It is not clear to me that I am in a place right now where I can say something other than what I need to hear myself. I am preaching things I need to get myself. I was once having a conversation with with someone about the need for truths known in the head to become real in the heart. Then they asked me, “How do you know when that head-to-heart transition has been made?” I did not have an answer, so I said the first thing that came to mind: “When I no longer feel like hammering the point with people all the time.”
Paul said to the church in Rome (Romans 14:1),
“Accept anyone who is weak in the faith, but don’t argue about doubtful issues.” (Holman Christian Standard Bible)
“Accept the one who is weak in the faith, but not for the purpose of passing judgment on his opinions.” (New American Standard Bible)
“Him that is weak in the faith receive ye, but not to doubtful disputations.” (King James Version)
Many people have something they are working through, and maybe God is speaking to them about it. Sometimes, I think a passion like that can become a legalism, especially if it is far too founded in a reaction against something. A person might become entrenched in such a reaction quite naturally. I believe a passion like that often arises from being hurt or hindered in some way. That passion can become a self-soothing or self-validating construct when there is no vision beyond that passion, because when you have no vision beyond that passion, you have less root or substance in who you are in God and more of a sense of validation from being not-that-thing which you are reacting against. I believe this process has fueled many sects and denominations. I also believe that it fosters a letter-of-the-law mindset, but one where the letter is of your own making.
In Romans 14, Paul talked about issues of personal conscience. The Greek word for conscience, syneidesis (Strong’s Concordance number 4893) is rooted in words meaning “with” and “to see”. Thus, I would consider the conscience to be something you see with. It is a lens through which you evaluate your world, in particular, those things pertaining to right and wrong and sin and righteousness. Something else Paul said, in 1 Corinthians 8, which is thematically very similar to Romans 14,
“… some have been so used to idolatry up until now, that when they eat food offered to an idol, their conscience, being weak, is defiled.” (from verse 7)
In the verses leading up to this statement, Paul makes the point that the idol is nothing, but not everybody has the knowledge that it is nothing. I would dare to say that such a person has not yet recovered from seeing things in the way that he used to see them. Consequently, that affects the lens through which he sees as he tries make decisions that have moral or spiritual value. Because of those limitations, a person might make conscience decisions that are not perfect in every way. In both 1 Corinthians 8 and Romans 14, Paul calls for these imperfect attempts to walk faithfully in personal conviction and conscience to be handled with love and care in the body of Christ. I would say it this way: it is a call to exercise due diligence in hearing one another out. This is not just for the purpose of people getting along superficially. This is for my own good as an individual, because God is bigger than ‘where I’m at’ currently. ‘Where I’m at’ influences how I see, and when it comes to God, there is more to see, than what I can see, where I’m at currently. Therefore, I don’t want what I see and how I see become all that I am capable of seeing.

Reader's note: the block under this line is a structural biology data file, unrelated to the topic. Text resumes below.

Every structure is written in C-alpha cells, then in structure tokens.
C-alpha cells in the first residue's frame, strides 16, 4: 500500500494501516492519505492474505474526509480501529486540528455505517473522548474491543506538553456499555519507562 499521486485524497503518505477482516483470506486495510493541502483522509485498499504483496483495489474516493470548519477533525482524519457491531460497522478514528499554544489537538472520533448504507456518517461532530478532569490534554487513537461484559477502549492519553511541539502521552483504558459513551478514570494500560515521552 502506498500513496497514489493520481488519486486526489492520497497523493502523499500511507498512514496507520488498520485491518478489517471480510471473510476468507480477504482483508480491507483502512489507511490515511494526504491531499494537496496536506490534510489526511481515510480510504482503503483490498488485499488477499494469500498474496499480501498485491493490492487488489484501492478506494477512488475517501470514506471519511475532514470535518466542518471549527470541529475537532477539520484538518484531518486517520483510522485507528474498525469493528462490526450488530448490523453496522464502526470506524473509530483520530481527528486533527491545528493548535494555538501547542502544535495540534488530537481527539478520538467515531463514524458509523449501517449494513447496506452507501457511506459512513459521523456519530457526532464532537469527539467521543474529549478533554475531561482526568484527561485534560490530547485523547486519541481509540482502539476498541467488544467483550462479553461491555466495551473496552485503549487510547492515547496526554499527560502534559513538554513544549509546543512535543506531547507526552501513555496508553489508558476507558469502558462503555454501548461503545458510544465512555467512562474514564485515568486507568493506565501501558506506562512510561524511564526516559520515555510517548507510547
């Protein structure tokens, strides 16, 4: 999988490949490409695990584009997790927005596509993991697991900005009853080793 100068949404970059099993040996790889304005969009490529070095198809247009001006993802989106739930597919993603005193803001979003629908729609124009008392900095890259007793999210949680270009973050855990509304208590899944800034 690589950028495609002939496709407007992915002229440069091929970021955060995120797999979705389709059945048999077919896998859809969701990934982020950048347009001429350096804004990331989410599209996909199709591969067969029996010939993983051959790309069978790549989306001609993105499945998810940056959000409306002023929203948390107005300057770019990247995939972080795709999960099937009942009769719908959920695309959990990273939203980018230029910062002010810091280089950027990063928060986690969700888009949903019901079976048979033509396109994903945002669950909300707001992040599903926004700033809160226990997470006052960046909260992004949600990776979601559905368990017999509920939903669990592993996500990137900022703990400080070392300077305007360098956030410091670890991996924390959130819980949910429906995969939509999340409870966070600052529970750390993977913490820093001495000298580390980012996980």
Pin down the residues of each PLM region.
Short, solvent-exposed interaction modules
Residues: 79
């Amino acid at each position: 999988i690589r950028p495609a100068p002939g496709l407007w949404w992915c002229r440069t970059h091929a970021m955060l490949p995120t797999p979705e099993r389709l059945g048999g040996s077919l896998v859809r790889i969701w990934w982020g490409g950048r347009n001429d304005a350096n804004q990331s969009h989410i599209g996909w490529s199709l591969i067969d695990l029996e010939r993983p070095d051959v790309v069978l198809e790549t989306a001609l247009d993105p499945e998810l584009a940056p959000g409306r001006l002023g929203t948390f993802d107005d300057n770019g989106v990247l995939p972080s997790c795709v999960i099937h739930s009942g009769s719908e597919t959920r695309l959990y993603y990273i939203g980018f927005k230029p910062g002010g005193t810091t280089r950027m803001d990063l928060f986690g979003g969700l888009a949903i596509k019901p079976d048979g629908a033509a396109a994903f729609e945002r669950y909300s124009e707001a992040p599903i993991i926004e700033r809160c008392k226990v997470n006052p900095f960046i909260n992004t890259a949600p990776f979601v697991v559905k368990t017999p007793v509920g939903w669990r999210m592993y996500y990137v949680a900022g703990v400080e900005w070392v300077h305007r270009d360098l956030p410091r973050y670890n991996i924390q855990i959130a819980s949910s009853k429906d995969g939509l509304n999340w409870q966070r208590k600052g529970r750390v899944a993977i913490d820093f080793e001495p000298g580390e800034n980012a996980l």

At this point I want to say something about idols and idolatry. ‘Idol’ comes from the Greek eidolon, which means ‘image’. Biblically, these images are associated with the worship of other gods. Eidolon, comes from the word eidos, meaning “a view, i.e. form (literal or figurative)” (Strong’s Concordance). Eidos, in turn, comes from eido, a verb meaning, ‘to see’. I don’t want to read more into the text than what was intended, (because I don’t think that problem is with the images themselves, but their association with false religions), but this makes me think about the concept of idolatry more deeply; it is worship based on man-made constructs. It is trying to reduce everything that God is, and has, and does, into constructs, worldviews, theologies, and paradigms that are affected by human hurts, perceptual limitations, emotional hang-ups, ambitions, and agendas. You might have a lens that is limited by such factors. That’s fine. Just keep pressing in with God and with other people, so that your lens doesn’t become an image and the world doesn’t become a collection of things that either fit or offend that image. Don’t worship what you see.
An idol can’t set you free.